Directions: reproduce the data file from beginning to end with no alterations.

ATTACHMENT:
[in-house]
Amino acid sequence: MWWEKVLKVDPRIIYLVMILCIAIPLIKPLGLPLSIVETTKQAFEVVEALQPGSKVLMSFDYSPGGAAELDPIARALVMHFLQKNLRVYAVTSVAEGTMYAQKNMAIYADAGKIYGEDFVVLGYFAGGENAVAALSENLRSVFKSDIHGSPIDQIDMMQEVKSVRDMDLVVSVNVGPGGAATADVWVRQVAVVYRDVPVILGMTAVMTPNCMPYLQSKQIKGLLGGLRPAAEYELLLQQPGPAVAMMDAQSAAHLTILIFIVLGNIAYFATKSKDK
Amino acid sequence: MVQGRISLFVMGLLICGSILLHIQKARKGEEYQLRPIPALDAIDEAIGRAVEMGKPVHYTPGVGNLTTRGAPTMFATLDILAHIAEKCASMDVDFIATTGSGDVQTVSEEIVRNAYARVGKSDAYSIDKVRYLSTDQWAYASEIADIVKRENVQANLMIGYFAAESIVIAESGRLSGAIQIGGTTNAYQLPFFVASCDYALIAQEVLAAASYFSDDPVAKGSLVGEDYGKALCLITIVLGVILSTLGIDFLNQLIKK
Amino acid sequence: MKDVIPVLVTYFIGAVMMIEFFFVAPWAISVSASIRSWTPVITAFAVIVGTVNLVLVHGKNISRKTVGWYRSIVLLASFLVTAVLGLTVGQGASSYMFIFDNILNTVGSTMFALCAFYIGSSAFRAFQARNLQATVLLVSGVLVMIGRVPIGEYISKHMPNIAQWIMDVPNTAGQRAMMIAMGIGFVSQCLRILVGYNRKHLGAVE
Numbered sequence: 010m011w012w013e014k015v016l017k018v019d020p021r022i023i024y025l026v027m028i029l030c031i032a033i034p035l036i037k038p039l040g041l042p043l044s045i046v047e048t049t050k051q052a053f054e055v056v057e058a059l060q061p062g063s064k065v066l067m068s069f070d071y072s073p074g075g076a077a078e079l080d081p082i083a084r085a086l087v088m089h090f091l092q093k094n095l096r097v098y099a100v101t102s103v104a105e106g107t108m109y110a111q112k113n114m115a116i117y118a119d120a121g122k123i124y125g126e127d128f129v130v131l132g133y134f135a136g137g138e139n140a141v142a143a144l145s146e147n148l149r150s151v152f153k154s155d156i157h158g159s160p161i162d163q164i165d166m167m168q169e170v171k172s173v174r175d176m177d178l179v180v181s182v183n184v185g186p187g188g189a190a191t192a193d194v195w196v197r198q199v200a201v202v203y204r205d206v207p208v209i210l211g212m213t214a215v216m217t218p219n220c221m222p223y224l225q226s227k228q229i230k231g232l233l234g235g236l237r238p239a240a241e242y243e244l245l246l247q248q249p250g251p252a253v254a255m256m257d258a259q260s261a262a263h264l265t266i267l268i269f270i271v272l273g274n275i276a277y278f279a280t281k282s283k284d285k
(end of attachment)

[in-house]
Amino acid sequence: MWWEKVLKVDPRIIYLVMILCIAIPLIKPLGLPLSIVETTKQAFEVVEALQPGSKVLMSFDYSPGGAAELDPIARALVMHFLQKNLRVYAVTSVAEGTMYAQKNMAIYADAGKIYGEDFVVLGYFAGGENAVAALSENLRSVFKSDIHGSPIDQIDMMQEVKSVRDMDLVVSVNVGPGGAATADVWVRQVAVVYRDVPVILGMTAVMTPNCMPYLQSKQIKGLLGGLRPAAEYELLLQQPGPAVAMMDAQSAAHLTILIFIVLGNIAYFATKSKDK
Amino acid sequence: MVQGRISLFVMGLLICGSILLHIQKARKGEEYQLRPIPALDAIDEAIGRAVEMGKPVHYTPGVGNLTTRGAPTMFATLDILAHIAEKCASMDVDFIATTGSGDVQTVSEEIVRNAYARVGKSDAYSIDKVRYLSTDQWAYASEIADIVKRENVQANLMIGYFAAESIVIAESGRLSGAIQIGGTTNAYQLPFFVASCDYALIAQEVLAAASYFSDDPVAKGSLVGEDYGKALCLITIVLGVILSTLGIDFLNQLIKK
Amino acid sequence: MKDVIPVLVTYFIGAVMMIEFFFVAPWAISVSASIRSWTPVITAFAVIVGTVNLVLVHGKNISRKTVGWYRSIVLLASFLVTAVLGLTVGQGASSYMFIFDNILNTVGSTMFALCAFYIGSSAFRAFQARNLQATVLLVSGVLVMIGRVPIGEYISKHMPNIAQWIMDVPNTAGQRAMMIAMGIGFVSQCLRILVGYNRKHLGAVE
Numbered sequence: 010m011w012w013e014k015v016l017k018v019d020p021r022i023i024y025l026v027m028i029l030c031i032a033i034p035l036i037k038p039l040g041l042p043l044s045i046v047e048t049t050k051q052a053f054e055v056v057e058a059l060q061p062g063s064k065v066l067m068s069f070d071y072s073p074g075g076a077a078e079l080d081p082i083a084r085a086l087v088m089h090f091l092q093k094n095l096r097v098y099a100v101t102s103v104a105e106g107t108m109y110a111q112k113n114m115a116i117y118a119d120a121g122k123i124y125g126e127d128f129v130v131l132g133y134f135a136g137g138e139n140a141v142a143a144l145s146e147n148l149r150s151v152f153k154s155d156i157h158g159s160p161i162d163q164i165d166m167m168q169e170v171k172s173v174r175d176m177d178l179v180v181s182v183n184v185g186p187g188g189a190a191t192a193d194v195w196v197r198q199v200a201v202v203y204r205d206v207p208v209i210l211g212m213t214a215v216m217t218p219n220c221m222p223y224l225q226s227k228q229i230k231g232l233l234g235g236l237r238p239a240a241e242y243e244l245l246l247q248q249p250g251p252a253v254a255m256m257d258a259q260s261a262a263h264l265t266i267l268i269f270i271v272l273g274n275i276a277y278f279a280t281k282s283k284d285k